• Well-reasoned, but would you have come to this conclusion and written this comment if the move worked out? I wager: 100% no, you definitely would not have. Therefore, this is hindsight.

            • How long does it take to get a reliever warmed up in April?

              Remember, Redmond was up and warming before things went to shit. Once things were bad, Gibbons could either go with the reliever who was already ready (and had fantastic results so far this season) or try to rush someone out there with a better GB rate.

              Sort of a lose-lose situation.

              • this is a good point – though my counter to it is to not use the long man as your first guy out if the starter is struggling. On top of that Lough – the #9 hitter is also a lefty which only makes the case for Cecil or Loup better (though I fully admit that wasn’t part of my original assessment of the scenario).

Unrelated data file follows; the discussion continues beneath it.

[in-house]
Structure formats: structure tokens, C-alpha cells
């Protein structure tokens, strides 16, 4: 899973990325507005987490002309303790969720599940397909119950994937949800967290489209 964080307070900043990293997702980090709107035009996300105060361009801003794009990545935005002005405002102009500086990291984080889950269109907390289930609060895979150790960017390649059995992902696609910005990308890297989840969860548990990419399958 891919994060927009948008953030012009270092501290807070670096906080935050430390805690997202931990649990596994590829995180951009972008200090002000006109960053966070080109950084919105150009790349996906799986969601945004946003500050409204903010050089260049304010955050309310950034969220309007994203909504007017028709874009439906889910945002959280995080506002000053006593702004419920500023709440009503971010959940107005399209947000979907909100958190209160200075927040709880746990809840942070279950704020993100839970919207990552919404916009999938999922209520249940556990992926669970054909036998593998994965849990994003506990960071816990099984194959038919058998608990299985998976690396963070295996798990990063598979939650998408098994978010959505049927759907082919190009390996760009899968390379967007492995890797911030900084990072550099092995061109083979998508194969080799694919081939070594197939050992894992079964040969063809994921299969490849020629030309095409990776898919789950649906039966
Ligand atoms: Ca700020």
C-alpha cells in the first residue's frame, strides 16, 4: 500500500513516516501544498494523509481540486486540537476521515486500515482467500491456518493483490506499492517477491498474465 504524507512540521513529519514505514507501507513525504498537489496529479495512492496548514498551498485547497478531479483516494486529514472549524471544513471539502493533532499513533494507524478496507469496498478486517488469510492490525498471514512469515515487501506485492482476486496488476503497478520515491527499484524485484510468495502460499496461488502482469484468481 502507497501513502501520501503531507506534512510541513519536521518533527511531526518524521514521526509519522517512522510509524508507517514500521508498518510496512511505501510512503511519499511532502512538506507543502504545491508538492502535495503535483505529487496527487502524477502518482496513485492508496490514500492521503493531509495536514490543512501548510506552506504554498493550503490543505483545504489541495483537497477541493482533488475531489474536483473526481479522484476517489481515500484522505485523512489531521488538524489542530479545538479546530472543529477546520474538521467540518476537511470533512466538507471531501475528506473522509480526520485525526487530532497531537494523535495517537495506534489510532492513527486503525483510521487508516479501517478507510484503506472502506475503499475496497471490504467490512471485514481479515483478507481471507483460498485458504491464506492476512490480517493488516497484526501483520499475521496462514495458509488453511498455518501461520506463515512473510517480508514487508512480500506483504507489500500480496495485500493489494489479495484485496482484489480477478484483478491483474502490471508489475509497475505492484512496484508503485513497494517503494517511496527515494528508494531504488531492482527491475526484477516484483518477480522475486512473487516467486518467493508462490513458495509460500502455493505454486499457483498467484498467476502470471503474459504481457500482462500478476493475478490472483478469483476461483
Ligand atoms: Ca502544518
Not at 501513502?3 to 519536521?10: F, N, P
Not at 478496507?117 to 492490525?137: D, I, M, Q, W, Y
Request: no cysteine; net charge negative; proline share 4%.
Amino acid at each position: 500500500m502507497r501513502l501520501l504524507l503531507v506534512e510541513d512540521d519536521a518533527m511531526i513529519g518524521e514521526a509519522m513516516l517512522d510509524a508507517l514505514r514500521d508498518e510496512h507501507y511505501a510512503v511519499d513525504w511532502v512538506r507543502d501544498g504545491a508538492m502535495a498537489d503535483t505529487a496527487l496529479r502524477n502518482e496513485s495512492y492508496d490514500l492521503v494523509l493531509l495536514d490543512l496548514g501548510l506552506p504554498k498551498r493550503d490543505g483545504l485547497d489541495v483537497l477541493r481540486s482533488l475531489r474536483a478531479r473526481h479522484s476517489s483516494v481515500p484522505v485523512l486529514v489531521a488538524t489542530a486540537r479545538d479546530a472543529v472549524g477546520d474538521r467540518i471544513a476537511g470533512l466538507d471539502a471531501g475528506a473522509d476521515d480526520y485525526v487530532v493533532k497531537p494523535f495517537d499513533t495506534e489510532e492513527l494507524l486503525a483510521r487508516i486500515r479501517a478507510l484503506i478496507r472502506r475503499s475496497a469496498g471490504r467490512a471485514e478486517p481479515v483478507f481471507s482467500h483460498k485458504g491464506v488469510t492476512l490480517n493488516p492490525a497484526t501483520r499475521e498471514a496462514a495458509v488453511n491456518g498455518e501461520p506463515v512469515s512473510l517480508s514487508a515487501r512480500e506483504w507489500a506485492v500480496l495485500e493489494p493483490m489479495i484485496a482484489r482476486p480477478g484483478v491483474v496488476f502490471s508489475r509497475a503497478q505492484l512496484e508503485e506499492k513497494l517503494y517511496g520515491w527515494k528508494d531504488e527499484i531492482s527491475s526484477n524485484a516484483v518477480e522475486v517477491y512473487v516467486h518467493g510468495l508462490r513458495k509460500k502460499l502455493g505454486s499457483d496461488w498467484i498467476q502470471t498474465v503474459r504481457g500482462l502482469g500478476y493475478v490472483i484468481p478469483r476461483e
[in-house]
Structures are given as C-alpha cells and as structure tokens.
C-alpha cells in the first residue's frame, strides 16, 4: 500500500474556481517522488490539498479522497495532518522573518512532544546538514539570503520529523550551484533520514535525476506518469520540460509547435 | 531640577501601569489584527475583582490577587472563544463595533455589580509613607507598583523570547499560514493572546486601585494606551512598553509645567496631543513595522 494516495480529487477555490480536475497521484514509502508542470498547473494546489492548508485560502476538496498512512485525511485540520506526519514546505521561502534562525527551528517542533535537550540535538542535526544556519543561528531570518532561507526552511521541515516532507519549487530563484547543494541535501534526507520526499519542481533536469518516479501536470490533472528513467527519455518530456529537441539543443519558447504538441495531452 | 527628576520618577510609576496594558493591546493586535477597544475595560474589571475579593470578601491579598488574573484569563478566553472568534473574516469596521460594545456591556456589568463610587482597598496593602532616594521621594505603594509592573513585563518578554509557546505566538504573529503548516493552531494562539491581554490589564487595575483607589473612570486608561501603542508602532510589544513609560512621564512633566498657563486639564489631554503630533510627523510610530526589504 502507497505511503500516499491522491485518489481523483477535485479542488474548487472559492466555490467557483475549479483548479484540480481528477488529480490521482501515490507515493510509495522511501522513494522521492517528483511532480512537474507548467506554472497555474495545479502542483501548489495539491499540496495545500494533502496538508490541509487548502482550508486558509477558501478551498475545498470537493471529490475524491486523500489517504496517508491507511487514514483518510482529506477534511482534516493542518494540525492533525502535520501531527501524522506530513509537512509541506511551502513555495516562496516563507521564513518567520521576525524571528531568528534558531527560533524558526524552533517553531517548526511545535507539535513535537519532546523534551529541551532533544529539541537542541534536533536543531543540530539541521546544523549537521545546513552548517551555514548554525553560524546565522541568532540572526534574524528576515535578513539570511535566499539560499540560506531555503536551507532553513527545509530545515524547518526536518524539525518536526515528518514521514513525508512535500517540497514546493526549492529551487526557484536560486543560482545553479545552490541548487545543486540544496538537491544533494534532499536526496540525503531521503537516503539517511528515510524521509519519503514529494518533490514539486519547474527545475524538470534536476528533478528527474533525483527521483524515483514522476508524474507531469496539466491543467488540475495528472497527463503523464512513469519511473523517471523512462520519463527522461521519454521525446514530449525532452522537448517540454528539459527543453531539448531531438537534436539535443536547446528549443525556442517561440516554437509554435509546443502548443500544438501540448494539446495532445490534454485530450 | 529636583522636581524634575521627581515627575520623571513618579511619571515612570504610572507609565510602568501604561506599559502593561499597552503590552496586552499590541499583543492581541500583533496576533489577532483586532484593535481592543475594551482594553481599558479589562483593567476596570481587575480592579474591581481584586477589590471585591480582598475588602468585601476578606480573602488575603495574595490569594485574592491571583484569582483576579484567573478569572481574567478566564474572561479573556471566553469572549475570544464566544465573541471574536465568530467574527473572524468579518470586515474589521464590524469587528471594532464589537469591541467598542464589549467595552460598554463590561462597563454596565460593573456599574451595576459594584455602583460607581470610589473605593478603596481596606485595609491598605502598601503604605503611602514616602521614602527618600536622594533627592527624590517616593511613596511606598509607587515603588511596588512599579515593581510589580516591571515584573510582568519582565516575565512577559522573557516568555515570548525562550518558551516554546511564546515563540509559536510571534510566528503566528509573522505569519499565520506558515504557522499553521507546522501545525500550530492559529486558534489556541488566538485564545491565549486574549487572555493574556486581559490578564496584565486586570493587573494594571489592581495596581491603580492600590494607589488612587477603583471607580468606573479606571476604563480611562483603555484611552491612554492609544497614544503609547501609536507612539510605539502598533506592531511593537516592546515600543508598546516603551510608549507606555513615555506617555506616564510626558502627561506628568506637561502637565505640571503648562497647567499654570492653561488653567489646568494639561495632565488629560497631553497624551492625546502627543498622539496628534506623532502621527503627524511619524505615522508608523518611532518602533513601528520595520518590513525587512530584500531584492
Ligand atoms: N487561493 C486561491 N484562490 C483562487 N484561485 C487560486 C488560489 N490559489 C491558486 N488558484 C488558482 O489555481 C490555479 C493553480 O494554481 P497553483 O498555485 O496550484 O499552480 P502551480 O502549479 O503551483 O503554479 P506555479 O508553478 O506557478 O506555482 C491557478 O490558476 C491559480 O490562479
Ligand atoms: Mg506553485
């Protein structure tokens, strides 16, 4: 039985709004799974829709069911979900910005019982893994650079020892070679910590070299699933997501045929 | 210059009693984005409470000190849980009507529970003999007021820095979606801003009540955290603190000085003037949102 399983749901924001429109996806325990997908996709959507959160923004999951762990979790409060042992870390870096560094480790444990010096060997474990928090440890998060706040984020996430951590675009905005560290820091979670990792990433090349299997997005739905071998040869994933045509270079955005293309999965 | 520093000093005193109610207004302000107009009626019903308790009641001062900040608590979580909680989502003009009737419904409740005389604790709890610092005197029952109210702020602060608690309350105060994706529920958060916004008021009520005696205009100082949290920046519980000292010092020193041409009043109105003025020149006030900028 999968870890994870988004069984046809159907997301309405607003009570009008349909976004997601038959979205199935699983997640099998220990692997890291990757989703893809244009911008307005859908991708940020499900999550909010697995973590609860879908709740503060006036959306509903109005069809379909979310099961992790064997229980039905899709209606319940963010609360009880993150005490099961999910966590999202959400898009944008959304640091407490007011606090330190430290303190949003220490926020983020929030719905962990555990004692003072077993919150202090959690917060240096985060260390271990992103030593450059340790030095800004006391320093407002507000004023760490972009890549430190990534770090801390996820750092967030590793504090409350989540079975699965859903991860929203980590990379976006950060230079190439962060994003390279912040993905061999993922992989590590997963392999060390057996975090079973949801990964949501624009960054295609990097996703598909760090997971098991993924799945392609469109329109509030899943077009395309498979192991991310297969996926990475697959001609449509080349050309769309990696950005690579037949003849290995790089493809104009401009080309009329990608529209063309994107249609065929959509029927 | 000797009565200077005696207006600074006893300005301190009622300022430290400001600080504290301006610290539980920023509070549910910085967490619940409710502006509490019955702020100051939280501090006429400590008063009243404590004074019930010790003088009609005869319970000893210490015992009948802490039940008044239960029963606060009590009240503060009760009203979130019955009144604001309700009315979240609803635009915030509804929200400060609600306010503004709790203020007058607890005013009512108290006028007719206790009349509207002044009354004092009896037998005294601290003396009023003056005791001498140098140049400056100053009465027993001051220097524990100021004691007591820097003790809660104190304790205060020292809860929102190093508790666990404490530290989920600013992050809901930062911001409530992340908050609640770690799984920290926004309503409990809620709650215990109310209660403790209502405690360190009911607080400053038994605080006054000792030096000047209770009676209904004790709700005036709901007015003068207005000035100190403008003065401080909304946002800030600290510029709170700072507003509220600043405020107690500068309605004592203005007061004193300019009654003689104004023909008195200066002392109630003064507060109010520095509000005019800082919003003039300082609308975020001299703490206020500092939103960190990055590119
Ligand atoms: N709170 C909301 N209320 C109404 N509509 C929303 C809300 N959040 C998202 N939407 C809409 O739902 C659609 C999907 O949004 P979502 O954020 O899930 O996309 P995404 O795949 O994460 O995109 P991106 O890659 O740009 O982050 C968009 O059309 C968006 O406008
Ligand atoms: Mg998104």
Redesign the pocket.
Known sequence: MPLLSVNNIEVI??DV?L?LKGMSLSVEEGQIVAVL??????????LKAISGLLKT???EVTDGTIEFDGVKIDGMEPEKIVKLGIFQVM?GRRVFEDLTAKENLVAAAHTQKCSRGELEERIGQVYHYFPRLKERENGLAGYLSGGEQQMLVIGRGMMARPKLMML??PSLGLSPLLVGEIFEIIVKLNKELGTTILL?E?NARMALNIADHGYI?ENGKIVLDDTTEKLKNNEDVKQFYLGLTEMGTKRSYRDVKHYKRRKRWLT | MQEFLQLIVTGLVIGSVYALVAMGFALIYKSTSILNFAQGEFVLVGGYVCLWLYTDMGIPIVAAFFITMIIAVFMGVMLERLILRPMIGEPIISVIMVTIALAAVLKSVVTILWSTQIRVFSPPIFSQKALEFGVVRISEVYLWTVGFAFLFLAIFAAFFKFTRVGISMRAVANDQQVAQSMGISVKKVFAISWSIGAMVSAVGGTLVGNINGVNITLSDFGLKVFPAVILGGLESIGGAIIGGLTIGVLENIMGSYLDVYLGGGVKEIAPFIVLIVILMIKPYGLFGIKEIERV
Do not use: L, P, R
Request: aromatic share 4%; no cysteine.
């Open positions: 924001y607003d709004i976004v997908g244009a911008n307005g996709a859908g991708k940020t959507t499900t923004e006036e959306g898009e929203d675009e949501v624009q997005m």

• “Well-reasoned, but would you have come to this conclusion and written this comment if the move worked out? I wager: 100% no, you definitely would not have. Therefore, this is hindsight.”

              Lol I’m glad it all comes down to your gut feel on your wager and the totally arbitrary percentage chance you’ve assigned to my ability to decide this was a bad move if it had worked out.

              Except for the part where I said.. you know.. “this was a bad decision even if you throw out the outcome”, and proceeded to outline the case for it.

              If it worked out I would have said it was a bad decision where Gibby got lucky. Only it didn’t.